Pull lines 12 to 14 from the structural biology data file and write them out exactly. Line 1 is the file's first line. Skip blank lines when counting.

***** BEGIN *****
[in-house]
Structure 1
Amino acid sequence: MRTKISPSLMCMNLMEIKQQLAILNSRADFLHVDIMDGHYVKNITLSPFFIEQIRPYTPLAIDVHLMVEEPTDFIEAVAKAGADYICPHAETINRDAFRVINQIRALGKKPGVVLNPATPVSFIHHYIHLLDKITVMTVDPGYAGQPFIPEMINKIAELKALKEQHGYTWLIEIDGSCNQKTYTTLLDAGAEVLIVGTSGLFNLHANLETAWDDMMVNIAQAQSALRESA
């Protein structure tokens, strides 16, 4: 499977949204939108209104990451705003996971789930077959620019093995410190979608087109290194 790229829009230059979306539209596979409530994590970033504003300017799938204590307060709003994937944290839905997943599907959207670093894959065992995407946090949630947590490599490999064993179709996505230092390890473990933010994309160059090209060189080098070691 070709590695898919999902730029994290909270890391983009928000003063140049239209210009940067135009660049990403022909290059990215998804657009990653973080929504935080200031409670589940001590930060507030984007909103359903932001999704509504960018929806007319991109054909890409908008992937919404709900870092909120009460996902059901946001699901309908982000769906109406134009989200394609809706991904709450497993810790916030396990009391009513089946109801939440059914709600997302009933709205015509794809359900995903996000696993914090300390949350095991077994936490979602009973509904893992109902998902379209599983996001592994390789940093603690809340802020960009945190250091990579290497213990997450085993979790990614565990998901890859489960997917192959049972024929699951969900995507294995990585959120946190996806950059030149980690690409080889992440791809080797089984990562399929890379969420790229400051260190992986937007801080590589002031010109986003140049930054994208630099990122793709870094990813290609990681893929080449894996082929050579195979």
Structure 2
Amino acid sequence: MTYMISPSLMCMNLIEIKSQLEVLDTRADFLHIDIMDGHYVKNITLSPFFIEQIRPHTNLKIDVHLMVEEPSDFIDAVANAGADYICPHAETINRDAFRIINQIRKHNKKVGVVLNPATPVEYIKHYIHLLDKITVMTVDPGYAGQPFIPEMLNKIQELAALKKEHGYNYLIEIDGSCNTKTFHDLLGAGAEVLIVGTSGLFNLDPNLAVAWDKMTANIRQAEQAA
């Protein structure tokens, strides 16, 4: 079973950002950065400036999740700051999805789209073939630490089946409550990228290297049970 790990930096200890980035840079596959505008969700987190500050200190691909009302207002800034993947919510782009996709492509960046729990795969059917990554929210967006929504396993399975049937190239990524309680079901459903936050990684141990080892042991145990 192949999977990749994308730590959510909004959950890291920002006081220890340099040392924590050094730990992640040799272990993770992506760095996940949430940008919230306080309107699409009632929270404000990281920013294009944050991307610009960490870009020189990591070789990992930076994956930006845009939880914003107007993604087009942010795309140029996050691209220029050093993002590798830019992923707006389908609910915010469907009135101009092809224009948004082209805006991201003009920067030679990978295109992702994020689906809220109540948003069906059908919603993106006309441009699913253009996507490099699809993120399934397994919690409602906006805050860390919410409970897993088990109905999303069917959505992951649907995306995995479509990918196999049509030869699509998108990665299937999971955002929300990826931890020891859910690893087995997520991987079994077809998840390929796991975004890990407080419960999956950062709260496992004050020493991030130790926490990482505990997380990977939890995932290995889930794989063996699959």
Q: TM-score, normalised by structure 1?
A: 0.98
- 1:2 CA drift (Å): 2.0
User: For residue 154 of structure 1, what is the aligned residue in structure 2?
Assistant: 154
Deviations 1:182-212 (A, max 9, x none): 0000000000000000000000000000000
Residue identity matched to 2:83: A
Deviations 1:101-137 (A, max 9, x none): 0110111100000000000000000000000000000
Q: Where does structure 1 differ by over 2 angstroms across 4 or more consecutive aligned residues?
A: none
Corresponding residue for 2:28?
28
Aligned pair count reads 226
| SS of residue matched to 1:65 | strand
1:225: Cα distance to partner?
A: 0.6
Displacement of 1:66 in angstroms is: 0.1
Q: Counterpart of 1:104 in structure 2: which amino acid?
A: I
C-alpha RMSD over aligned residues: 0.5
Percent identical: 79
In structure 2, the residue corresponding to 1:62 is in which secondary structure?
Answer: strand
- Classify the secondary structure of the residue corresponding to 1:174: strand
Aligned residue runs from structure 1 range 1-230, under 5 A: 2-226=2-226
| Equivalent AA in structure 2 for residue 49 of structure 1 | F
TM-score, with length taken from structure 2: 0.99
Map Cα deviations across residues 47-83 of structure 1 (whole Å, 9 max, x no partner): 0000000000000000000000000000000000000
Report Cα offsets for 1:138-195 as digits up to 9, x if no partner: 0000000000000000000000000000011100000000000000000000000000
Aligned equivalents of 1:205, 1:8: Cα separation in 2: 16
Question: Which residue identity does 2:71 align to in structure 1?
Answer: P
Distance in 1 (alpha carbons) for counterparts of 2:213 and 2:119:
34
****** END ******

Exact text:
Assistant: 154
Deviations 1:182-212 (A, max 9, x none): 0000000000000000000000000000000
Residue identity matched to 2:83: A